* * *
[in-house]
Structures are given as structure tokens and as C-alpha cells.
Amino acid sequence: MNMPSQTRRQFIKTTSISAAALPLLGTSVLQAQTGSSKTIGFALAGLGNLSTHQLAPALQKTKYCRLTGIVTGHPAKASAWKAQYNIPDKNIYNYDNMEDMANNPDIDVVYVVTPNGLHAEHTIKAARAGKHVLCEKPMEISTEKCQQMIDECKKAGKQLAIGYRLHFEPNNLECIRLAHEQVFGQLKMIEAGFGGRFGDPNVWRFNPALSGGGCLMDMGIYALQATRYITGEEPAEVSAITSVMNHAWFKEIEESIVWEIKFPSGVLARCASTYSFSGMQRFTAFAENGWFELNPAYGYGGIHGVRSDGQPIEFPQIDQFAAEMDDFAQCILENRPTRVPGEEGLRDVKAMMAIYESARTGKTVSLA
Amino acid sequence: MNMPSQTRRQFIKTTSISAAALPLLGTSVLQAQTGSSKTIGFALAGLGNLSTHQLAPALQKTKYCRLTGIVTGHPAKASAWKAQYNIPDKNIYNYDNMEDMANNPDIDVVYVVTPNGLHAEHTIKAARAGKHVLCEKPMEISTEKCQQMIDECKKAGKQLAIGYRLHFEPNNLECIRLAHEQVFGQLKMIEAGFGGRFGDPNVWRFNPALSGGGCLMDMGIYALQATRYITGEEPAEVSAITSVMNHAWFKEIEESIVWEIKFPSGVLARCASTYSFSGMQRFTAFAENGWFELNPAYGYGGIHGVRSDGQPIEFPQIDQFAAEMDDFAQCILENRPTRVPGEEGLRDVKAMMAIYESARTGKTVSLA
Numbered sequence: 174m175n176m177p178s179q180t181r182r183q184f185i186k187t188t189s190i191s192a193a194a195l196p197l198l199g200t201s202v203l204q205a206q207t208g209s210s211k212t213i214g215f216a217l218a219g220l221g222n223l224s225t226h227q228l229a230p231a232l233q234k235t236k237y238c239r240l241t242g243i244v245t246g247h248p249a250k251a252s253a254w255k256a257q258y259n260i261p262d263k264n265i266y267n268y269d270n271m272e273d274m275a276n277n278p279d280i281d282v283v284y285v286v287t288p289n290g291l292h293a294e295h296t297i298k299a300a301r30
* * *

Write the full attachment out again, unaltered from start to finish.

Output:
[in-house]
Structures are given as structure tokens and as C-alpha cells.
Amino acid sequence: MNMPSQTRRQFIKTTSISAAALPLLGTSVLQAQTGSSKTIGFALAGLGNLSTHQLAPALQKTKYCRLTGIVTGHPAKASAWKAQYNIPDKNIYNYDNMEDMANNPDIDVVYVVTPNGLHAEHTIKAARAGKHVLCEKPMEISTEKCQQMIDECKKAGKQLAIGYRLHFEPNNLECIRLAHEQVFGQLKMIEAGFGGRFGDPNVWRFNPALSGGGCLMDMGIYALQATRYITGEEPAEVSAITSVMNHAWFKEIEESIVWEIKFPSGVLARCASTYSFSGMQRFTAFAENGWFELNPAYGYGGIHGVRSDGQPIEFPQIDQFAAEMDDFAQCILENRPTRVPGEEGLRDVKAMMAIYESARTGKTVSLA
Amino acid sequence: MNMPSQTRRQFIKTTSISAAALPLLGTSVLQAQTGSSKTIGFALAGLGNLSTHQLAPALQKTKYCRLTGIVTGHPAKASAWKAQYNIPDKNIYNYDNMEDMANNPDIDVVYVVTPNGLHAEHTIKAARAGKHVLCEKPMEISTEKCQQMIDECKKAGKQLAIGYRLHFEPNNLECIRLAHEQVFGQLKMIEAGFGGRFGDPNVWRFNPALSGGGCLMDMGIYALQATRYITGEEPAEVSAITSVMNHAWFKEIEESIVWEIKFPSGVLARCASTYSFSGMQRFTAFAENGWFELNPAYGYGGIHGVRSDGQPIEFPQIDQFAAEMDDFAQCILENRPTRVPGEEGLRDVKAMMAIYESARTGKTVSLA
Numbered sequence: 174m175n176m177p178s179q180t181r182r183q184f185i186k187t188t189s190i191s192a193a194a195l196p197l198l199g200t201s202v203l204q205a206q207t208g209s210s211k212t213i214g215f216a217l218a219g220l221g222n223l224s225t226h227q228l229a230p231a232l233q234k235t236k237y238c239r240l241t242g243i244v245t246g247h248p249a250k251a252s253a254w255k256a257q258y259n260i261p262d263k264n265i266y267n268y269d270n271m272e273d274m275a276n277n278p279d280i281d282v283v284y285v286v287t288p289n290g291l292h293a294e295h296t297i298k299a300a301r30